Note: today’s post is geared towards volunteer leaders at SHRM chapters, ATD groups, HR state councils, event planners, and other membership organizations and associations serving fthe HR/talent professional. If that’s not you, then feel free to:
- Share with your own local chapter and/or
- Go on your merry way and offer a kind word or compliment to the next three people you talk to. Enjoy!
If you are a president, certification director, or programs leader for a professional chapter, you have had a wild year. Live events are canceling or pushing off indefinitely, and for many local groups, even the thought of something virtual can feel like unprecedented territory.
As a speaker, event host, and event producer, I know the feeling! :-) Today I’ll share some ideas about what has worked for me if you have a more “do it yourself” approach. I’ll also offer an option if you’d like me to help with your event (note: I’ve programmed or planned over 100 live events in the last 10 years and probably that many virtual or digital sessions this year alone).
Bottom line: you got this! Let’s dive into some of the things that are changing.
The Do It Yourself Approach for Online HR Events
The biggest perceived hurdle when it comes to online events is the delivery. How do we get content that has traditionally been delivered on a stage to our audience? The answer is technology. 2020 will go down as the year that Zoom became a term that everyone over the age of five years old understands, but is Zoom right for your event?
Zoom can be used for smaller meetings, and you can pay for Zoom webinars (a better and more intuitive version of GoToWebinar and some of the other older solutions in that space), but today’s environment is driving attendees to want to be more engaged and participatory in events.
Many events are now looking at livestreaming. You can easily livestream to a chapter Facebook page or a YouTube channel, for example, and you don’t have to pay extra if you have 10 viewers or 1,000 like you would with most webinar software. You also get the social aspect woven in: attendees can see who else is there, chat with each other, and more. I have found this to be very powerful for creating connections with the audience.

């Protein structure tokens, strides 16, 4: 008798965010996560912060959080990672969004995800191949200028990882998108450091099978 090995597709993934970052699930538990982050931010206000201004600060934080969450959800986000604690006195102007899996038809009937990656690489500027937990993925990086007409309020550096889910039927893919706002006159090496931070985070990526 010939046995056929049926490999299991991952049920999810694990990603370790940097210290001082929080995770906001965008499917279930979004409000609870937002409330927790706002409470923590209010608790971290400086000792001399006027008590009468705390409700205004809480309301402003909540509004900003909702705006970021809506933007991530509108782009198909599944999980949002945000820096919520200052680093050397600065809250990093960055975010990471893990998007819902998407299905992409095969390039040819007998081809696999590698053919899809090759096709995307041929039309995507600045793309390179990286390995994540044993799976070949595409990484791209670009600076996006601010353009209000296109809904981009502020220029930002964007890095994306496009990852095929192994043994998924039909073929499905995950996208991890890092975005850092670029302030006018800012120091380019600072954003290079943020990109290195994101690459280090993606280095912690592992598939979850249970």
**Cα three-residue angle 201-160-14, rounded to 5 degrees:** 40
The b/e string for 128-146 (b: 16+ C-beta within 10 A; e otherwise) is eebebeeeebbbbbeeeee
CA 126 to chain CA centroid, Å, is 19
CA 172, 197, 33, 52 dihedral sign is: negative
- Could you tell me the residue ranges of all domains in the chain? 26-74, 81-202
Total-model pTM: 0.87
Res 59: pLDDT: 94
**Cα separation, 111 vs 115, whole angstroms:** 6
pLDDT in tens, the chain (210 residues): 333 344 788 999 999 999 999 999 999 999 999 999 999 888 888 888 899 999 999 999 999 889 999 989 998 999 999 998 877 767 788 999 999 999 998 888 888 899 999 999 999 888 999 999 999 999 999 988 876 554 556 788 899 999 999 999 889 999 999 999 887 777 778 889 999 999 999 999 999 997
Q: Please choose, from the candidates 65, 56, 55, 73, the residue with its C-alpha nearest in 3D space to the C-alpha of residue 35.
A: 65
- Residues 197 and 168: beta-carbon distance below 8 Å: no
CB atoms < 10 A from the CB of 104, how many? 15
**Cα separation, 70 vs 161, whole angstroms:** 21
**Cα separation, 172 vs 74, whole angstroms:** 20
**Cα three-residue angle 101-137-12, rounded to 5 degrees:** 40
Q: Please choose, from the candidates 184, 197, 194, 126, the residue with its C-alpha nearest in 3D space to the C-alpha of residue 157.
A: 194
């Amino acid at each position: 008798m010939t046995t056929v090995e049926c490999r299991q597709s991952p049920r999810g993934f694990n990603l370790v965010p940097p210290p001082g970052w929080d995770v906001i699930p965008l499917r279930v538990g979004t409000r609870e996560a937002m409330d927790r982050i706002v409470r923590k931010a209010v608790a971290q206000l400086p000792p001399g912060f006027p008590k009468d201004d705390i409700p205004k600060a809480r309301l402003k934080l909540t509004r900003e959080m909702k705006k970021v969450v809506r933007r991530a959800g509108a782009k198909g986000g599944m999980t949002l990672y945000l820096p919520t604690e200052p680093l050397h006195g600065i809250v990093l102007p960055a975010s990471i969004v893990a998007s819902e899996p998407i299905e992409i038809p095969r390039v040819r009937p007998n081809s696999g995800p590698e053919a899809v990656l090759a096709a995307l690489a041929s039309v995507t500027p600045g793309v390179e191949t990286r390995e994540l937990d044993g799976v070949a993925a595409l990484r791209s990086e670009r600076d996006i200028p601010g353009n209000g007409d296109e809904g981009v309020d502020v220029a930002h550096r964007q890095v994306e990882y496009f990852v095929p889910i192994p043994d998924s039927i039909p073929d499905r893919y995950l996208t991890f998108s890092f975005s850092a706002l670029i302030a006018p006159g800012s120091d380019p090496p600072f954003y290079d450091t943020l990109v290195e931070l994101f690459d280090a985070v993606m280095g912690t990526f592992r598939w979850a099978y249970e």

I use StreamYard for streaming and it has been very valuable as a tool. It’s inexpensive, and all of your sessions are archived after you finish broadcasting. You could even use Streamyard to host panel discussions if you prefer that style to a more traditional keynote. Note: the StreamYard link above will give you a $10 coupon if you sign up!
Virtual Event Platforms
Event apps like Whova are also becoming more important. A new event app just got millions of dollars in venture capital funding because it has seen the space explode in popularity recently. These types of apps allow event organizers to host virtual sessions, offer expo areas for sponsors, and allow attendees to register and engage with the other participants during the sessions. This is more expensive and may be better suited for a virtual conference rather than monthly or quarterly educational sessions. Note: the Whova link above will get you a $100 coupon if you sign up!
Archiving and Selling Your Content
If you want to archive the content and offer it for payment after the fact, an idea that is new to many HR chapters and may lead to long-term revenue for supporting chapter programming, community donations, and other needs, you need a system to hold the content after it’s been recorded.
Two of the leading players in that space are Thinkific and Podia. In about 10 minutes, you can add a recorded video, set up your pricing, and have a link available for people to purchase the recorded session. The best part? You don’t have toÂ touch it again!